As part of the United States Army Air Force’s strategic bombing campaign, oil refineries at Ploesti, Romania, were designated to be priority targets. The USAAF wanted to deny access to oil to the German military and to war production. Nine refineries around Ploesti were targeted as a single raid conducted on August 1, 1943.
Called Operation Tidal Wave, the USAAF launched 177 B-24 Liberator heavy bombers at the oil refineries from their bases in the Libyan desert near Benghazi. The flight to the target area was executed at low altitudes and in strict radio silence. These factors contributed to the aircraft becoming strung out during the flight to the targets. Navigational errors by lead planes led to others breaking from the formation to follow the correct flight paths, further weakening the overall formation.
Heavy anti-aircraft fire over the targets and the approaches to them combined with strong fighter attacks on the unescorted bombers to inflict heavy damage to the mission. Many of the bombers failed to find their targets completely and resorted to striking targets of opportunity. Some of the bombers flew so low over their targets that the machine gunners in the B-24’s engaged anti-aircraft gunners on the ground.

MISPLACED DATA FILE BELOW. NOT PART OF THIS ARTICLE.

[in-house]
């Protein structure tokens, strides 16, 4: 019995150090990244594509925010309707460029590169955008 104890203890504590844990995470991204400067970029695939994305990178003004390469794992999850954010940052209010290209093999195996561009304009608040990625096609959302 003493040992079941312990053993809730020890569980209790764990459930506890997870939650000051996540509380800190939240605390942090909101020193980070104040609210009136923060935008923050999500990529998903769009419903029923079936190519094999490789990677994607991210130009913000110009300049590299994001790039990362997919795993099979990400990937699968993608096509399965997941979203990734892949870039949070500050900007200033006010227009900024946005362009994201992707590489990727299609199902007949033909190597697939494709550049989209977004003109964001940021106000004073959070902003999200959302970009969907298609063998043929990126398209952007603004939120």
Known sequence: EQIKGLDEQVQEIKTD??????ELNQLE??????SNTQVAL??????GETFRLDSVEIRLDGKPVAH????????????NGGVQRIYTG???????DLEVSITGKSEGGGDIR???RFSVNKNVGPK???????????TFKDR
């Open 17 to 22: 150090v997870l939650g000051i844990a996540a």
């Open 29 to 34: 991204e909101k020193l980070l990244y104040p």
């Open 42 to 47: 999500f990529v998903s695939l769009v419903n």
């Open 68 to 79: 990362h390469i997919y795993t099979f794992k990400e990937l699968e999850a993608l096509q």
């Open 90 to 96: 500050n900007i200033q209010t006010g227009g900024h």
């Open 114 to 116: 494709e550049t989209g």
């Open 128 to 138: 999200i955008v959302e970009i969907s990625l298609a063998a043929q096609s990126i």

Of the 177 bombers which took off on the mission (one was lost in an accident on take-off) 88 returned to their Libyan bases. Of those, more than fifty had extensive battle damage. Three hundred and ten aircrew were killed and another 108 were captured by Axis troops after bailing out or crashing in Romania. Several of the Liberators were forced to land in neutral Turkey; their aircrews were interned.
USAAF officials estimated that up to 40% of the refining capacity at Ploesti was destroyed. They were wrong. Most of the damage sustained was repaired within a few weeks and by September it was admitted that there had been “…no curtailment of overall product output…” at the refineries. By the end of September output of refined oil at Ploesti had actually increased above the rate before the raid.